DURHAM, N.H. (AP) – Scientists will be gathering at the University of New Hampshire next month for a workshop on how airborne pollutants cause changes in the Arctic.

The meeting is June 2 through June 5.

UNH says research shows large-scale agricultural burning in Russia, Kazakhstan, China, the U.S., Canada, and the Ukraine is having a much greater impact to the Arctic than previously thought.

A particular threat is posed by springtime burning to remove crop residues for new planting or clear brush for grazing because the black carbon or soot produced by the fires can lead to accelerated melting of snow and ice.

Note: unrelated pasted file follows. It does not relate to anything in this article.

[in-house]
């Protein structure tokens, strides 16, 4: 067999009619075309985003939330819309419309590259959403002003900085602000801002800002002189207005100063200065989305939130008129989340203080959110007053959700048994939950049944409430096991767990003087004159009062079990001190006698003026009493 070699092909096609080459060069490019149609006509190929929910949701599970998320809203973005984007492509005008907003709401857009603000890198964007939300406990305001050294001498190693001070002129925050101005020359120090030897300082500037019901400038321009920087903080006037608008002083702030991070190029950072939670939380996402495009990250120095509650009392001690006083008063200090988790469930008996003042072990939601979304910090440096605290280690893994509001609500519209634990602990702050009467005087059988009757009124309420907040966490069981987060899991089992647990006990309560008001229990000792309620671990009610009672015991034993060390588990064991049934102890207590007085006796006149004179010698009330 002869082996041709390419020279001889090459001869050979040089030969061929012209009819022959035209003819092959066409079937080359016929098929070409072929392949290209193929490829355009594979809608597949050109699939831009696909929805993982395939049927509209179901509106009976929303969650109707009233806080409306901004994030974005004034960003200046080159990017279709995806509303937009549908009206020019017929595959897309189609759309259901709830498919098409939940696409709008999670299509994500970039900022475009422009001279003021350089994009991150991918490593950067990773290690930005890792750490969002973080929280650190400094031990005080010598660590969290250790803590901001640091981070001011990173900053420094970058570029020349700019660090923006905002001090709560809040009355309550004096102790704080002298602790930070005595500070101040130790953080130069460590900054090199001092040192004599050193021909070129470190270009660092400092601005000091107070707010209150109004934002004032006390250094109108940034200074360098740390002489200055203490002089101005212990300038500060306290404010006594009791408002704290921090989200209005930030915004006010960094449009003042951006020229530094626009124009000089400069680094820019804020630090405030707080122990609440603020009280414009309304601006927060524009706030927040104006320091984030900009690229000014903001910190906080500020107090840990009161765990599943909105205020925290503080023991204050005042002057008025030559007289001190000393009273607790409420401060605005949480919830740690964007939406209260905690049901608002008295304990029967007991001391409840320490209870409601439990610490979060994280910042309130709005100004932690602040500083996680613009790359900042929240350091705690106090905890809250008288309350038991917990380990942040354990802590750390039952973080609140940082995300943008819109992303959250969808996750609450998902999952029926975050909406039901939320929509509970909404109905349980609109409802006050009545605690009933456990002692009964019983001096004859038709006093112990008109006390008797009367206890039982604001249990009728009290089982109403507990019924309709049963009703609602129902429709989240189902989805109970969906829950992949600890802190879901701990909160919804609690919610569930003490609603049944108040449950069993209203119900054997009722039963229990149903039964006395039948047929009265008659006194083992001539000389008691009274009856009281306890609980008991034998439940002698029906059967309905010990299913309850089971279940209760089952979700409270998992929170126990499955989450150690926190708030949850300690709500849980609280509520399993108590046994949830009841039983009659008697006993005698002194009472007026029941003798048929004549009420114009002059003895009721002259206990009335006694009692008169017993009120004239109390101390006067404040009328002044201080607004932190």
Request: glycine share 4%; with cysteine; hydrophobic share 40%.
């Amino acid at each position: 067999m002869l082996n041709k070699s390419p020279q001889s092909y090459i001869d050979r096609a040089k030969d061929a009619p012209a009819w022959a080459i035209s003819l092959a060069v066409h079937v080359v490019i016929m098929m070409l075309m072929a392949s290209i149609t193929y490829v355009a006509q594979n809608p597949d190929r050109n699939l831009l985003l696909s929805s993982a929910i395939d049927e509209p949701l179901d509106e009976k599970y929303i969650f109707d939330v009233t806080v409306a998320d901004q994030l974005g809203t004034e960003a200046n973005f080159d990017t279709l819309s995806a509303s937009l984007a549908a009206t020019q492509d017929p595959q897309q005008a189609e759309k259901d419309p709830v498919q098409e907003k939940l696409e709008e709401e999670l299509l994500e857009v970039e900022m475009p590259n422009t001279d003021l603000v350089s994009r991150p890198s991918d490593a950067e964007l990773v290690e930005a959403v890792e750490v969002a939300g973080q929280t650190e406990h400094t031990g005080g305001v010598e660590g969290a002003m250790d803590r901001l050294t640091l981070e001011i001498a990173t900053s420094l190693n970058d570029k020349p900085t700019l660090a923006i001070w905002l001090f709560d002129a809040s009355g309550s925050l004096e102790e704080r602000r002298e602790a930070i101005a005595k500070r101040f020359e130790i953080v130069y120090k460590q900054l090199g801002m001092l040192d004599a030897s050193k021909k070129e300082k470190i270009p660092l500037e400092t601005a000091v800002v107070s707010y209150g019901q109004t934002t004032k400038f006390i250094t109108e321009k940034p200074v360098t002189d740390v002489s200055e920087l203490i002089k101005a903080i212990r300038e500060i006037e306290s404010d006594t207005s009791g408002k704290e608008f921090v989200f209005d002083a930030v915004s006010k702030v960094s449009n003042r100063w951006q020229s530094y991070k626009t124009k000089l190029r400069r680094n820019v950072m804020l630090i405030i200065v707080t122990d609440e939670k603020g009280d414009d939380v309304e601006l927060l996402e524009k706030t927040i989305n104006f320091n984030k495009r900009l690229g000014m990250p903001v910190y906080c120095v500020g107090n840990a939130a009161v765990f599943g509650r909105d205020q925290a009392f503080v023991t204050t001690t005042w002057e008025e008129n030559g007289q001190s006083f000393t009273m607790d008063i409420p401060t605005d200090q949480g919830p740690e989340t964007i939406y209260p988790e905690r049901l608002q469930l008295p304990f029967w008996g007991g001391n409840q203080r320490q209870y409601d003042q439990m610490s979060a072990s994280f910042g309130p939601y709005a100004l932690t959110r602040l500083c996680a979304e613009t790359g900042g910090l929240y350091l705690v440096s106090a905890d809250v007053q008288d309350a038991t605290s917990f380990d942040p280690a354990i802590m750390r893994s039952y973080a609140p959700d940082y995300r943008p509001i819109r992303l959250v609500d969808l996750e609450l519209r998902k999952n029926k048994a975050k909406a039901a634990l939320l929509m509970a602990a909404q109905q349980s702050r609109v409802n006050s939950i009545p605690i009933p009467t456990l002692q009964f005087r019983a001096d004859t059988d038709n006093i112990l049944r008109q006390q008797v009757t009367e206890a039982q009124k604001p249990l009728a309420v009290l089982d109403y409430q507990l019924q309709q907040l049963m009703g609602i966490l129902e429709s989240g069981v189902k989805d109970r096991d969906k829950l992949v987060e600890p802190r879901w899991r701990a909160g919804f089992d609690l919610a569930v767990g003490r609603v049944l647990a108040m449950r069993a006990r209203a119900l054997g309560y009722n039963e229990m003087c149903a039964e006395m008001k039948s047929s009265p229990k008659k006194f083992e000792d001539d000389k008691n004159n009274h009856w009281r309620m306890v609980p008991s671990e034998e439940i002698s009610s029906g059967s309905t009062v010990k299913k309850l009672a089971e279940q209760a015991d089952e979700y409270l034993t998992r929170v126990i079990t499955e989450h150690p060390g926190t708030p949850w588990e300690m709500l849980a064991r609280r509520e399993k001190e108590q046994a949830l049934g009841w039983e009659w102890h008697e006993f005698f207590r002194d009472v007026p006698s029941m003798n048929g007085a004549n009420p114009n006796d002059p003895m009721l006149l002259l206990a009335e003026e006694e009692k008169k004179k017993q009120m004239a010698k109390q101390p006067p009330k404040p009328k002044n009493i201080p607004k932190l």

Estimates show soot may account for as much as 30 percent of Arctic warming to date.


Only subscribers are eligible to post comments. Please subscribe or to participate in the conversation. Here’s why.

Use the form below to reset your password. When you've submitted your account email, we will send an email with a reset code.